Mountain Town Roundup |

Mountain Town Roundup

Compiled by Ryan Wondercheck
summit daily news

BEAVER CREEK – Beaver Creek will be replacing the Rose Bowl Lift, Chair 4, with a new high-speed, four-person chairlift this summer.

The U.S. Forest Service completed an environmental review of the project and has approved replacement of the lift. Resort officials plan to begin installation in June, weather permitting, and complete the project by mid-November.

The new lift will transport 2,400 people per hour and the new ride time will be nearly cut in half to five-and-a-half minutes.

The lift upgrade also will spread skiers and snowboarders across the main mountain more, and reducing crowds on the Cinch Express Lift (Chair 8) and Centennial Express Lift (Chair 6), according to Beaver Creek officials. The resort also plans to increase its grooming in Rose Bowl, including on some of its black diamond runs.

“We’re excited to replace the Rose Bowl Lift this summer with a new high-speed quad that will not only allow our guests to better utilize the terrain in Rose Bowl and Stone Creek Chutes through a friendlier and shorter chairlift ride, but it also helps shift some of the density we currently see on Centennial Express Lift, which is very important in offering our guests a greater experience,” said Doug Lovell, chief operating officer for Beaver Creek Resort.

– Vail Daily staff report

SNOWMASS – A 73-year-old Pennsylvania man died Friday after colliding with a fellow skier on the Log Deck run at Snowmass Ski Area, authorities said.

The cause of death for James E. Juckett, of Bath, Pa., is still under investigation, Pitkin County Deputy Coroner Jennifer Diamond said. Aspen Skiing Co. spokesman Jeff Hanle said the accident occurred at 11:02 a.m. under the Alpine Spring chairlift. Witnesses called ski patrol, which responded immediately. When they arrived, members of the group he was skiing with were performing CPR.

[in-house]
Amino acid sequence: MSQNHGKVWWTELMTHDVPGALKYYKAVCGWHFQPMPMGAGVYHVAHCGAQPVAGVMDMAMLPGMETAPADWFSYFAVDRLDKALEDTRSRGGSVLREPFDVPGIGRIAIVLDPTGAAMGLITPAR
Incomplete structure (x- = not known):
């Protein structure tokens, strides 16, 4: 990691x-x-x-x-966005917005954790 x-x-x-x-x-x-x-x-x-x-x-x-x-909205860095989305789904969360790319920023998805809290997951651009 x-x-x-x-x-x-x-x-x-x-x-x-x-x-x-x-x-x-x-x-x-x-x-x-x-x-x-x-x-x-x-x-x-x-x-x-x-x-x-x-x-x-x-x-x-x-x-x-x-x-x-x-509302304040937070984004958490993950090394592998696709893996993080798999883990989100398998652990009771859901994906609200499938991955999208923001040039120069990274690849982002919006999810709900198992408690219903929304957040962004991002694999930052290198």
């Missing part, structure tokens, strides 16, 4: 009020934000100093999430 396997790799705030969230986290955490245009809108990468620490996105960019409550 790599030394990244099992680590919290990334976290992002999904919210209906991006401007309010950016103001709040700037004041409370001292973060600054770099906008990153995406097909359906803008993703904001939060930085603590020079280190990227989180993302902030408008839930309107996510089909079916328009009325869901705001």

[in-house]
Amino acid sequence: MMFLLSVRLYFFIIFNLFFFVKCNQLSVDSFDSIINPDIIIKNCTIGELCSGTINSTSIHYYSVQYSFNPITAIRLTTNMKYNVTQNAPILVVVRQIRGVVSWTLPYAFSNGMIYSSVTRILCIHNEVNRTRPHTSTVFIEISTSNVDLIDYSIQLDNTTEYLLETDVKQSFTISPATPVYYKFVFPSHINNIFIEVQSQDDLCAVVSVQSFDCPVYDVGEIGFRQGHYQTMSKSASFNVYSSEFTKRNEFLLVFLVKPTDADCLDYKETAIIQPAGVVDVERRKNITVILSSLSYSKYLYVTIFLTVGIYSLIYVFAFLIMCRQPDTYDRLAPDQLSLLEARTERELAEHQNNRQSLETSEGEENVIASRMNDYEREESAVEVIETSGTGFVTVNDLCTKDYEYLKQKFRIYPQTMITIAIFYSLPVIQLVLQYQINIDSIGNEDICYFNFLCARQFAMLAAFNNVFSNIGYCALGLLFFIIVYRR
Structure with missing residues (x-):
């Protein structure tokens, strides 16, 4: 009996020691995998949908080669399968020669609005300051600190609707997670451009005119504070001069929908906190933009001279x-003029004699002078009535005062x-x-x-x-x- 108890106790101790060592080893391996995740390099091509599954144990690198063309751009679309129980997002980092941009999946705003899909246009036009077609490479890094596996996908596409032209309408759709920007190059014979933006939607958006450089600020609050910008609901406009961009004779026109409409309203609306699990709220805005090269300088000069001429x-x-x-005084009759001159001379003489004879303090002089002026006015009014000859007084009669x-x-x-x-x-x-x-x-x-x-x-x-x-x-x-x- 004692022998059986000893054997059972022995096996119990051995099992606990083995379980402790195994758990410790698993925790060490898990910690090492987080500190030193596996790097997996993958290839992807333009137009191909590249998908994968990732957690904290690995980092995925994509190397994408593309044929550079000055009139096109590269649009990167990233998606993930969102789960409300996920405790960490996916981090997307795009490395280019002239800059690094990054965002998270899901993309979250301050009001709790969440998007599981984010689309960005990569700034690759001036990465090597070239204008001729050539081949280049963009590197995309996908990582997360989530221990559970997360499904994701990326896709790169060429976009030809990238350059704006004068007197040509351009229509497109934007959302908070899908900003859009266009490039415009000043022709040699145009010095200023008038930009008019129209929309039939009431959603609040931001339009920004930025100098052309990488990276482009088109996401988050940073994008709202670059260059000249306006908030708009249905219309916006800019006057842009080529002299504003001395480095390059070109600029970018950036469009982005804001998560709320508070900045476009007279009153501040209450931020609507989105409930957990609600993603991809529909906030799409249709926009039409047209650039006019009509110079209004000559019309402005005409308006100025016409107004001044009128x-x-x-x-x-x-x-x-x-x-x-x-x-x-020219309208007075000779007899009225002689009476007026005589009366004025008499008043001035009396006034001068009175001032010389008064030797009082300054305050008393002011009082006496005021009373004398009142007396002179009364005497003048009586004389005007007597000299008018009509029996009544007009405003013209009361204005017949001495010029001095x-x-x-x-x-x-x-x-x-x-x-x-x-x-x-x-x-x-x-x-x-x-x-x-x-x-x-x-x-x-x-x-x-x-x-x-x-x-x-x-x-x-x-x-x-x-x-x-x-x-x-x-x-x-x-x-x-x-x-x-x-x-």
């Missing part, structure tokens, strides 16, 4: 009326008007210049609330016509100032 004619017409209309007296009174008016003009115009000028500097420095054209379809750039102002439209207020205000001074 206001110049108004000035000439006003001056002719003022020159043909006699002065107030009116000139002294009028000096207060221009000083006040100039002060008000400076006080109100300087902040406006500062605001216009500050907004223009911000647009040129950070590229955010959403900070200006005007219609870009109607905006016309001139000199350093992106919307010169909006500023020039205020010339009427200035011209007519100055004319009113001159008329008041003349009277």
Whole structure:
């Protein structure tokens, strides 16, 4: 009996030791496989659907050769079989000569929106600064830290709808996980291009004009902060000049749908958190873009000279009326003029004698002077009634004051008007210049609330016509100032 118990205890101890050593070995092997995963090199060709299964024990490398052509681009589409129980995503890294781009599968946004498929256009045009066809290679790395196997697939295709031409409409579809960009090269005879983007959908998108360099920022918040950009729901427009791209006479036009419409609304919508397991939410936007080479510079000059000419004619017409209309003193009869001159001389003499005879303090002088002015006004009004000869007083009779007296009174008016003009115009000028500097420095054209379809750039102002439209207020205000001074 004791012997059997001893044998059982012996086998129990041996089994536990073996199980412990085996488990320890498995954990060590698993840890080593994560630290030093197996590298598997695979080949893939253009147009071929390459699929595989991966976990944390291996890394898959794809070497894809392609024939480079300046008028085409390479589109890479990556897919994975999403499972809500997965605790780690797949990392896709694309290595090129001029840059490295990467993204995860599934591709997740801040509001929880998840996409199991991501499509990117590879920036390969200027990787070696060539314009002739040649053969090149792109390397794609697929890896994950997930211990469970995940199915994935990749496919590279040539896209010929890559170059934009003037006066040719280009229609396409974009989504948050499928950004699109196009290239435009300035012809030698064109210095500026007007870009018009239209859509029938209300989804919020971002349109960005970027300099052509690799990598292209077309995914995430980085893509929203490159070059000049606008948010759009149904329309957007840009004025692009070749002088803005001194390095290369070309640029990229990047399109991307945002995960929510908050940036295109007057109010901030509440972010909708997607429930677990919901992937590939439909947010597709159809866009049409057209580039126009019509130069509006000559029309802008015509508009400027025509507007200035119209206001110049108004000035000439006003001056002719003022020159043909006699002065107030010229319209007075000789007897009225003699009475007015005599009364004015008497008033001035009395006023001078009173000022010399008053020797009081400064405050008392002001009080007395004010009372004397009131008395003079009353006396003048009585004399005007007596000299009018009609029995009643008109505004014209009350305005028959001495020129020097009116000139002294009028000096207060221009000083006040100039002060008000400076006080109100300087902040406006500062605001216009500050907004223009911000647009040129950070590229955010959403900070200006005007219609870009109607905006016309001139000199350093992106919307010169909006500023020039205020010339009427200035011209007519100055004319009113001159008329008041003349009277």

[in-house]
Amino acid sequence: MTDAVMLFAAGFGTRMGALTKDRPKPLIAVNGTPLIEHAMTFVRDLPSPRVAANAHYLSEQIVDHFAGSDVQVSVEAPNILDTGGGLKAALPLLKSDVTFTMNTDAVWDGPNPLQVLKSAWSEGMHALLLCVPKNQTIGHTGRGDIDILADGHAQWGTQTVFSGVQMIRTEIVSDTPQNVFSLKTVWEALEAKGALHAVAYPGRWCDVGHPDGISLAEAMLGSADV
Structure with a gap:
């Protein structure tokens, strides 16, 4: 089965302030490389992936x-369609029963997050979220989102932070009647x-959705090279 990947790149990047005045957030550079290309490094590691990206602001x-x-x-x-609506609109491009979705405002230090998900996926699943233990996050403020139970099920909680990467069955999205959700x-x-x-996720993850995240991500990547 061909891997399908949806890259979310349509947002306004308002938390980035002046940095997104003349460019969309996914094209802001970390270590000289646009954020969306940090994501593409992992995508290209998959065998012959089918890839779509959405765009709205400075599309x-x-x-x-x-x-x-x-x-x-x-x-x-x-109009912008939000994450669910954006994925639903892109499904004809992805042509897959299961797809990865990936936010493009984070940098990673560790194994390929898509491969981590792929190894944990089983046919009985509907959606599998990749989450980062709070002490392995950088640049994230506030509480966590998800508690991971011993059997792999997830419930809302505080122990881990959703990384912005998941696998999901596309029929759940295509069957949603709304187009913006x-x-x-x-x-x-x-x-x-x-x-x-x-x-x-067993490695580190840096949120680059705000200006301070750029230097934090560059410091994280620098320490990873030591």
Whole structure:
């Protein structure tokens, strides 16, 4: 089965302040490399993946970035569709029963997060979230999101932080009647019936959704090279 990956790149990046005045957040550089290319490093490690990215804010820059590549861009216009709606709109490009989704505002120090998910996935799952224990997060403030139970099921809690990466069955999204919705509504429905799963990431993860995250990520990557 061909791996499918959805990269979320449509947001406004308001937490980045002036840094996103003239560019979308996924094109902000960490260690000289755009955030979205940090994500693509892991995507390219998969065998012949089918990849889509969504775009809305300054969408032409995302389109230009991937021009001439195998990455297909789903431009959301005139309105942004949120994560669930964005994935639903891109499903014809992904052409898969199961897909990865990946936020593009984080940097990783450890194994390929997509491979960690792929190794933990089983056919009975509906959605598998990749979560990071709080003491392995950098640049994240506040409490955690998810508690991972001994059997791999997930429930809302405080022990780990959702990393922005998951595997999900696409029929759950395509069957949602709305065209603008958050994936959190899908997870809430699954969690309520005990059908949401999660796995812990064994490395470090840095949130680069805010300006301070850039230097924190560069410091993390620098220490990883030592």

Ski patrolmen took over the CPR effort and began additional life-saving measures, Hanle said. Juckett was loaded into a rescue sled and treatment continued as he was taken by ambulance to Aspen Valley Hospital.

Hanle said Juckett and the man he collided with knew each other and had been skiing in the same group. The other man was not injured and skied away under his own power, he said. Neither skier was wearing a helmet.

– Andre Salvail/The Aspen Times

STEAMBOAT SPRINGS – A Steamboat Springs woman who made headlines in 2010 for stealing money from the Loggers Lane Owners Association was arrested March 9 on suspicion of stealing $25,000 in cash from a former boyfriend.

Police arrested Katina “Kati” Marie More, 38, at her home on Cypress Court on suspicion of felony theft.

Steamboat Springs Police Department Detective Jerry Stabile said he was contacted March 4 by a man in his mid-20s. The man, who Stabile said did not want to be identified, said he and More had been in a relationship and had gotten into a verbal argument earlier in the week.

The victim said on March 4 that he went to a lockbox in his house containing his personal savings and the cash was gone. Stabile said the man immediately suspected that More had taken the money.

“She was going to move out of the place, and she took a little more than just her clothes,” Stabile said.

Stabile said the man had received text messages from More that Stabile considered an admission of guilt.

More also had a key to the mountain-area residence, and there were no signs of forced entry, Stabile said. He said More used a hidden key to access the safe, and none of the missing cash had been recovered.

More was advised March 9 by 14th Judicial District Judge Shelley Hill and was released soon after on a $20,000 personal recognizance bond. She is due back in court at

2 p.m. Wednesday.

More is on probation for stealing and then returning more than $60,000 when she was treasurer of the Loggers Lane Owners Association. More owns Artistic Edge in the Loggers Lane development along Highway 40 on the west side of Steamboat.

If More is charged and convicted in this theft case, it will likely jeopardize the deferred judgment she received as part of the plea deal in the Loggers Lane Owners Association incident.

– Matt Stensland/Steamboat Pilot

STEAMBOAT SPRINGS- As part of a plea deal, a 25-year-old former Steamboat Ski and Resort Corp. employee pleaded guilty March 10 to two charges related to a bomb threat he sent the ski area in January.